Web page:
Self-contained Paraffin Heater for Engine Protection
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ANY schemes for protecting IVIengines from harm in cold weather have been devised. They vary from the simple expedient of introducing substances into the cooling water to lower its freezing point, to elaborate apparatus for distributing heat from a central source.
Whilst constituting a satisfactory safeguard against damage, the first .■ system affords no aid to starting up, as it imparts no warmth to engin,e, carburetter lubricant, etc. On the other hand, the other type of equipment referred to performs this function: in some cases, indeed, it is capable of maintaining the engines of a moderately large fleet of vehicles at their normal running temperature.
Between these systems is the selfcontained heating lamp, placed in close proximity to radiator or engine, which serves to keep the unit at a sufficient number of degrees above freezing point to insure that no ice is formed, to prevent the lubricant from becoming excessively viscous, and to promote petrol vaporization when it is time to Start U.
Such a device, in a somewhat elaborated form, is seen in an invention named the Ice heater, of Mr. F. Scrutton, 212, Cambridge Road, Seven Kings, Ilford, Essex. It does not rely, however, merely upon keeping up the temperature of the atmosphere under the bonnet, but gets to the root of matters, supplying heat positively and directly to the water-cooling system and the sump oil. The inventor claims that it will maintain the temperature at 100 degrees F.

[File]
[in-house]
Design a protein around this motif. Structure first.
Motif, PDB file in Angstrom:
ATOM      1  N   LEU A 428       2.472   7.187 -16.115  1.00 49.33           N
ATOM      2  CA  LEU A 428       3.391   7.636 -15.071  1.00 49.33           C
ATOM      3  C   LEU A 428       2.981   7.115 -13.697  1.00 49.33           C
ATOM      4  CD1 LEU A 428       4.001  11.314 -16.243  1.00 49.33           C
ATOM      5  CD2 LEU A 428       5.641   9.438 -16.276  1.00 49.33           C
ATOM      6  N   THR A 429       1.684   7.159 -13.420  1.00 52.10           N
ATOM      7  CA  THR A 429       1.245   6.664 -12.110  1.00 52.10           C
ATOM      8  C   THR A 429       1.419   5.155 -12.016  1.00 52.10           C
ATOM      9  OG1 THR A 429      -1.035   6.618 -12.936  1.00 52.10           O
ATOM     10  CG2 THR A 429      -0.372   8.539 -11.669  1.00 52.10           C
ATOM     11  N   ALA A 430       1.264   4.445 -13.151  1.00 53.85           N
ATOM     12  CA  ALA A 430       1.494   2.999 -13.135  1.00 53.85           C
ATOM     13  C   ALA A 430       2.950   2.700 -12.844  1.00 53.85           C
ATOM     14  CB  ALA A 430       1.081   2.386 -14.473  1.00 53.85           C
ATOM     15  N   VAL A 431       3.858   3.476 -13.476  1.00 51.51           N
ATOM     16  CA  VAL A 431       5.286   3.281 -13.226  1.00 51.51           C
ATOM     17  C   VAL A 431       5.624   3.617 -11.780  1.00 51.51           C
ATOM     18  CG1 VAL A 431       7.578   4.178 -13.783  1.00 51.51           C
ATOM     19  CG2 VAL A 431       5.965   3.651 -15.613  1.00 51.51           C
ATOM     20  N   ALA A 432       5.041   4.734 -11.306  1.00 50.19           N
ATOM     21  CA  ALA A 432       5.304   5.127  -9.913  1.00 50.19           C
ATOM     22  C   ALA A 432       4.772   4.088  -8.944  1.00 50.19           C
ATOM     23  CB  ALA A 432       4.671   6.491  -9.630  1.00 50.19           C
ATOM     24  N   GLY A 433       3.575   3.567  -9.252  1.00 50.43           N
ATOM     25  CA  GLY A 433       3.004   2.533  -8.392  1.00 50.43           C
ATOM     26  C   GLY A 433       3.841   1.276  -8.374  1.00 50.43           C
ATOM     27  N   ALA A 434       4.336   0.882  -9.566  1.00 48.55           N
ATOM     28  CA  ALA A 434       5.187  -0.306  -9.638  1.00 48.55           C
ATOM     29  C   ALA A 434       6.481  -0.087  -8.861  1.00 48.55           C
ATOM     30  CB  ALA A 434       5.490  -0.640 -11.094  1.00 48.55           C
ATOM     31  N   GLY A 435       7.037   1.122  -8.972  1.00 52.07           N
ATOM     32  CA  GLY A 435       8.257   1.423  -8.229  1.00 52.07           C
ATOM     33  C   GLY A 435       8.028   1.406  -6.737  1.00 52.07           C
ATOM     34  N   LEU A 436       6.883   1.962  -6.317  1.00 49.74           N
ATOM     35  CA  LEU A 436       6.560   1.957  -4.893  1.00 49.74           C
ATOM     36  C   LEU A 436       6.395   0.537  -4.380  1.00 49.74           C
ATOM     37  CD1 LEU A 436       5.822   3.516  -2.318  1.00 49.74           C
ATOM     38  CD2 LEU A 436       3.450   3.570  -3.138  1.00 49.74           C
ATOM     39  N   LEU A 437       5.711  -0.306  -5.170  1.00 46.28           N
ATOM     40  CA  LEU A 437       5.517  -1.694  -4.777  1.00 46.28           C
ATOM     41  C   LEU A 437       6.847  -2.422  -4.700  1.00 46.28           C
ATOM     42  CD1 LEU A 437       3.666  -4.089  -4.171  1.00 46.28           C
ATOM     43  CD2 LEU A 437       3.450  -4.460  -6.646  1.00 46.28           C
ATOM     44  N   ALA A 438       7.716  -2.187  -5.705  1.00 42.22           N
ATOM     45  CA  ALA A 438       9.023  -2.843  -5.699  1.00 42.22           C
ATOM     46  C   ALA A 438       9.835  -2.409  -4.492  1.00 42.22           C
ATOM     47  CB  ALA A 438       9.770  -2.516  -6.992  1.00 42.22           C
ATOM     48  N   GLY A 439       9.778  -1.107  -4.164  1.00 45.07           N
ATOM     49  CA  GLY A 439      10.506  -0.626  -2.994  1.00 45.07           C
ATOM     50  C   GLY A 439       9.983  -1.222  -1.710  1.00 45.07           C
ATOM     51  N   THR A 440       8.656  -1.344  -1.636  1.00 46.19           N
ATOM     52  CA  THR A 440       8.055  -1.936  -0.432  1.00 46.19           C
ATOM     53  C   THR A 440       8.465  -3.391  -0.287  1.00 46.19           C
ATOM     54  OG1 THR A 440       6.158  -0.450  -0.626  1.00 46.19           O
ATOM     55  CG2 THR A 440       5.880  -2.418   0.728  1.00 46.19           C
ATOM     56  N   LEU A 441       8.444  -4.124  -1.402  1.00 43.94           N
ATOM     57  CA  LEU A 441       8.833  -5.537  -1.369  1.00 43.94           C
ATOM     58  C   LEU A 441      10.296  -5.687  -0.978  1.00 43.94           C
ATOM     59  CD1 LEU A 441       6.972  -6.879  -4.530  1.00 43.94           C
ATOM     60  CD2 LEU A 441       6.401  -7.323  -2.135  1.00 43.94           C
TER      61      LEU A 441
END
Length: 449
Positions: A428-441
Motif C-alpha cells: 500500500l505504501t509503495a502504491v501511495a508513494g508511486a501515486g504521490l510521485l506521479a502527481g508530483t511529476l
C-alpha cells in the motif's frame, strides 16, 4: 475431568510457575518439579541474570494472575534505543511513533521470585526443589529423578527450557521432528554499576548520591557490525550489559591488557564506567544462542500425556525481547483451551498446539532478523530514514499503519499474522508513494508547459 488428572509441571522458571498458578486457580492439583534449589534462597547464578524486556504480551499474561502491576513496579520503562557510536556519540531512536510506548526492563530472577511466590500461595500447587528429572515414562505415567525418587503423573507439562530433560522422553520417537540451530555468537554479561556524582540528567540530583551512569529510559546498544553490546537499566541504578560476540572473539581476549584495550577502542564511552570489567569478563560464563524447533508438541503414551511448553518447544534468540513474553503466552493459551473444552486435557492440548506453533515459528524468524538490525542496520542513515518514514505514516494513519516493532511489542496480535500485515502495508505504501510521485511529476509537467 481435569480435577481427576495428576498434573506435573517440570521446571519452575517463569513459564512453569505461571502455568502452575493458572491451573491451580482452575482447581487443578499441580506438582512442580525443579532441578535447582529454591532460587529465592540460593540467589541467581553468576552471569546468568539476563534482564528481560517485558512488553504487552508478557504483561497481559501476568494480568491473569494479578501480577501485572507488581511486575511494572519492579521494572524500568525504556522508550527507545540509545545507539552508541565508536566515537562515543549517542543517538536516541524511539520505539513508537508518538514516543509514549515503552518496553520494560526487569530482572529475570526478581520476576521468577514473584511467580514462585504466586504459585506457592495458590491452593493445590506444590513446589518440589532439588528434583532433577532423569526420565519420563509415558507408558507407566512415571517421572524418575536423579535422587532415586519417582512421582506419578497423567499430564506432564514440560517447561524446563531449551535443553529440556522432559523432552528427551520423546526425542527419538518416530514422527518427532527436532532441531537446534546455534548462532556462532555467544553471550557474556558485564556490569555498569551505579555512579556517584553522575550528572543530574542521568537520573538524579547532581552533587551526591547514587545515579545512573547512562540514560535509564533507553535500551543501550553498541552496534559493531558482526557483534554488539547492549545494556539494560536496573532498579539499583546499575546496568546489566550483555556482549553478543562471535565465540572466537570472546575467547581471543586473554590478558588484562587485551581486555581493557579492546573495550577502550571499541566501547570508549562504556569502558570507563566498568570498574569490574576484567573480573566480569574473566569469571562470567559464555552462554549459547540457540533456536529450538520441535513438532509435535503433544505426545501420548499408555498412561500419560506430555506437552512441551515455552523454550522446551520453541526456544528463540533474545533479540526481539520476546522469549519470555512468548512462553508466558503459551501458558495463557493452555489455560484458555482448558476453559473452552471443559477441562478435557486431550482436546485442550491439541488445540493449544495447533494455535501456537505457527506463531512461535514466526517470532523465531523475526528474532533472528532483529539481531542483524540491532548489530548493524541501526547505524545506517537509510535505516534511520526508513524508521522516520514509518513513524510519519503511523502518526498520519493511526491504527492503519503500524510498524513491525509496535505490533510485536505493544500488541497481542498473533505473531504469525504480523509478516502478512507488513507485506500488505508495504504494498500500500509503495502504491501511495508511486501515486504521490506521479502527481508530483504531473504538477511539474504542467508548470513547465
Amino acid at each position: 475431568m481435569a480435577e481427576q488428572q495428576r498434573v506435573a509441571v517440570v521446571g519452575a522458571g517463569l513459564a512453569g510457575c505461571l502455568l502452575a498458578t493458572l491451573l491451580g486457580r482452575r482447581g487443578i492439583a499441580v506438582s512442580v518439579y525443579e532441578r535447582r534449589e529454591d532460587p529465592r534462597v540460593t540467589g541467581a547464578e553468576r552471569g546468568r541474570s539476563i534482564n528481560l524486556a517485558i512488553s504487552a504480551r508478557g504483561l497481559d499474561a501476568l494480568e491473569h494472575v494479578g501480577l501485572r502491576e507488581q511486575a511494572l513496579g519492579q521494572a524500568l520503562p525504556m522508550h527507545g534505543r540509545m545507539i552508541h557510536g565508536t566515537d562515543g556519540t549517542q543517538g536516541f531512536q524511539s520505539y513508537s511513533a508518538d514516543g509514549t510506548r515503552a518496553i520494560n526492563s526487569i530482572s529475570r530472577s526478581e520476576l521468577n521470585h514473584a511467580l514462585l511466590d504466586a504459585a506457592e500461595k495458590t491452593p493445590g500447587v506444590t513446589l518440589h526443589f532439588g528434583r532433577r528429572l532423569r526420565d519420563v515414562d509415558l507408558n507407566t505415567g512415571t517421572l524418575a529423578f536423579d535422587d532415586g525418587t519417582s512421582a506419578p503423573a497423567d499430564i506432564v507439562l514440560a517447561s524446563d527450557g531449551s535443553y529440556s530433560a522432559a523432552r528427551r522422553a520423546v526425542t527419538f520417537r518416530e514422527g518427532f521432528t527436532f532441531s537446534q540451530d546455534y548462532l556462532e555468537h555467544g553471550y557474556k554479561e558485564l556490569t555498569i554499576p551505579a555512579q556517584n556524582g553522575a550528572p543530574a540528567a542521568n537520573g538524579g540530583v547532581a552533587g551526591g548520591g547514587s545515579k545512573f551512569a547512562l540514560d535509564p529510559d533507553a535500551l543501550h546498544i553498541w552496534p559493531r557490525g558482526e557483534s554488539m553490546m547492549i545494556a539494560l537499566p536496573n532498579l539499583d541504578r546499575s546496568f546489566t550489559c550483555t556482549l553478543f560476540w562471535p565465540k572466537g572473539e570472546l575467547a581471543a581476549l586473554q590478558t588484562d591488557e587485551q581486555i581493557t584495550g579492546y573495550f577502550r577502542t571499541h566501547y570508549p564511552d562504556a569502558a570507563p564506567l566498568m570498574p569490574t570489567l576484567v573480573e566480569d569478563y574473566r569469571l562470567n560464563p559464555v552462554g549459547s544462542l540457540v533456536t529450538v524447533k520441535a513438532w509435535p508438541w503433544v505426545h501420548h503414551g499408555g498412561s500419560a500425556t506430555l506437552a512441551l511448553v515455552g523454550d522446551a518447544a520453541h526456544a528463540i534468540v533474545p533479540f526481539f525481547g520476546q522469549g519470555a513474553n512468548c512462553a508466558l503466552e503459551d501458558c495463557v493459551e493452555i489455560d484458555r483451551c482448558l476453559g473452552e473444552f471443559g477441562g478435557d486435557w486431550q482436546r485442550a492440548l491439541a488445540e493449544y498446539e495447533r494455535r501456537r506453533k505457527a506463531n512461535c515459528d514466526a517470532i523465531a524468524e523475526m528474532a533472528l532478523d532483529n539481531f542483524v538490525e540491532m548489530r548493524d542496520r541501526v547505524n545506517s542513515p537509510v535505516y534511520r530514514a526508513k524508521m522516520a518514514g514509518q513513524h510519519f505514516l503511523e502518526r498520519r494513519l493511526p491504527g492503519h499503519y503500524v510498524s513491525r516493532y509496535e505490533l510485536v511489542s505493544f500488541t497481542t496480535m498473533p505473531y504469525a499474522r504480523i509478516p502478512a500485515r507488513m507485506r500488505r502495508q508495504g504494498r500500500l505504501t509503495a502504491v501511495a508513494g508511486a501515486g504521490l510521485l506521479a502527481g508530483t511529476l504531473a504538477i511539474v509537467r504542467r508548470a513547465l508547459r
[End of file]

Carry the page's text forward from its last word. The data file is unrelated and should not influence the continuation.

It should be inexpensive to produce and its scope of application seems almost unlimited, particularly at the present time when so many vehicles, ambulances, balloon-barrage lorries, fire pumps, tractors, etc., are kept out of doors or in un-heated buildings.
Referring to the accompanying sketch, the upper part of the device, which is only 3i ins, deep, is permanently fixed to the underside of the engine base. It incorporates a circular water chamber in circuit with a coiled heating tube. The outlet from the coil (on the left) is connected to the top of the radiator, whilst the inlet to the chamber is in communication with the bottom of the radiator. Thus circuJation is assured. In addition, heat is directly conducted to the lubricant, through the metal of the sump, from the water chamber.
The lower part, which fits into the upper part by a bayonet attachment, is the lamp house. It accommodates a large single or two-wick oil-burner unit. There is a hinged door to close the coil compartment when the lower part is removed.
Provision is made for ventilation around the lamp and protection is taken against inflammation of petrol that may reach the vicinity of the heater. An electric heating unit can, of course, be used instead of a paraffin burner.
The Ice heater is patented and we are informed that the Government of India is to undertake trials of the device